The Congress-JDS government in Karnataka is hanging by a thread on Wednesday ahead of the floor test on today with the rebel MLAs refusing to yield after the Supreme Court held they cannot be compelled to attend the assembly session to decide the ruling coalition’s fate.
As the coalition with truncated strength struggled to shore up its numbers amid fading hopes, the Supreme Court Wednesday ruled that the 15 rebel Congress-JD(S) MLAs “ought not” to be compelled to participate in the proceedings of the ongoing session of the state Assembly.
The court verdict was interpreted in political circles as a relief for the rebel lawmakers, as it categorically said an option should be given to them as to whether they wanted to take part or stay out of the assembly proceedings.
The ruling coalition had held out the threat of using the Whip against the wayward MLAs, citing the disqualification provision under the anti-defection law.
Armed with the court order, the rebel Congress-JDS MLAs camping in Mumbai said there was no question of stepping back on their resignations or attending the session.
As the spotlight turned on the Supreme Court, a bench headed by Chief Justice Ranjan Gogoi said the Speaker was free to decide on the resignations of the rebel MLAs within the time-frame decided by him.
The apex court was hearing the plea of 15 rebel MLAs of Congress and JD(S), seeking a direction to the Speaker to accept their resignations from the Assembly.
Karnataka Assembly Speaker K R Ramesh Kumar welcomed the Supreme Court decision, giving him freedom to decide on the resignations of rebel MLAs, and said he would conduct himself responsibly in accordance with the principles of the Constitution.
The Speaker has, however, not given any indications about the time frame within which he would decide on the resignations.
As many as 16 MLAs — 13 from the Congress and three from JD(S) — have resigned, while independent MLAs R Shankar and H Nagesh have withdrawn their support to the coalition government, putting the coalition government in jitters.
Meanwhile Congress has pressed for disqualification of 13 MLAs, including independent R Shankar, who had merged his Karnataka Pragnyavantha Janatha Party with it.
The other Congress MLAs include Pratap Gowda Patil, B C Patil, Shivram Hebbar, S T Somashekar, Byrati Basavaraj, Anand Singh, Roshan Baig, Munirathna, K Sudhakar and MTB Nagaraj.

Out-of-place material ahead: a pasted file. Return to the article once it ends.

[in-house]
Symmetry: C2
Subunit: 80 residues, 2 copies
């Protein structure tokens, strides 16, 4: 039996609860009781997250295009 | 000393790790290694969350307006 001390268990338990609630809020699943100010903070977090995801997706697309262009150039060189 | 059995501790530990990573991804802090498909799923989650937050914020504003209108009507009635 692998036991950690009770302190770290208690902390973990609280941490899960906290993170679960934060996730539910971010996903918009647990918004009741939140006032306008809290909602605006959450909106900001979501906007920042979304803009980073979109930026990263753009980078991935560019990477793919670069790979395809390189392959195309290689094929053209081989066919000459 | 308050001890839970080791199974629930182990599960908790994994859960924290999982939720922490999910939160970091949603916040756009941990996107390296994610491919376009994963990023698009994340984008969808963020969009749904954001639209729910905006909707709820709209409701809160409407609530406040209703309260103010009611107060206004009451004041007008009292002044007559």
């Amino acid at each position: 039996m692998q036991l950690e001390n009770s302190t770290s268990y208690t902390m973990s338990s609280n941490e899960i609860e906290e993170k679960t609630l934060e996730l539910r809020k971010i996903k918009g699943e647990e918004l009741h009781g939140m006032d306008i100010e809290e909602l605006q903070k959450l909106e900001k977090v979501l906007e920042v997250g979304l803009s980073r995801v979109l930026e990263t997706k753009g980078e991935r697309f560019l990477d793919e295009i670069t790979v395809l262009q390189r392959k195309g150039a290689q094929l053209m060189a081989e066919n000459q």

Disqualification petition had been moved against Ramesh Jarkiholi and Mahesh Kumatalli earlier itself.
The ruling coalition’s strength in the House is 117–Congress 78, JD(S) 37, BSP 1, and nominated 1, besides the speaker.
With the support of the two independents, the opposition BJP has 107 MLAs in the 225-member House, including the nominated MLA and Speaker.
If the resignations of the 16 MLAs are accepted, the ruling coalition’s tally will plummet to 101, reducing the 13 month-old Kumaraswamy government to a minority.
Congress’ pointsman and minister D K Shivakumar maintained that the party can issue a whip to ensure the presence of all the party MLAs in the House and take necessary action against them for any violation.
He accused some BJP leaders of trying to misguide that the whip is not valid.
Happy with the verdict, Karnataka BJP president B S Yeddyurappa said it was a “moral victory” for the rebel MLAs.
“I welcome the Supreme Court decision. It is a victory of the Constitution and democracy. It is a moral victory for rebel MLAs,” he said.
But the Congress in Karnataka slammed the Supreme Court order as a “bad judgment”, which seemed to protect the defectors and encourage horse-trading.
A joint delegation of the coalition,including Kumaraswamy and Congress Legislature Party leader Siddaramaiah met the Speaker and told him the Supreme Court had restricted their right to issue a whip, but “we have the right to impose a whip.”
Speaking to reporters after the meeting with the Speaker, senior minister Krishna Byregowda said the apex court had stated that attending or not attending the session was left to the MLAs, but the assembly rules state that the legislators had to seek permission for their absence.
“We have asked the Speaker if this relaxation has been granted,” he said.
Kumaraswamy, who served as Chief Minister for 20 months in 2006-07 at the head of a JD(S)-BJP government, became the chief minister for a second term in May last year.
The 59-year old son of former Prime Minister H D Deve Gowda managed to be back at the helm with the support of the Congress after the May 2018 assembly polls threw up a fractured mandate, with BJP emerging as the single largest party, but falling short of numbers to be in power.
The current political turbulence was triggered a fortnight ago, with a raft of resignations by rebel lawmakers, unhappy with the coalition for a variety of reasons, from not getting ministerial berths to “dominance” of the Deve Gowda family.
A humiliating defeat for the ruling coalition in the Lok Sabha polls that saw them win only two of the 28 seats in Karnataka, with BJP walking away with 25 and an independent backed by it with one, only exacerbated simmering tensions.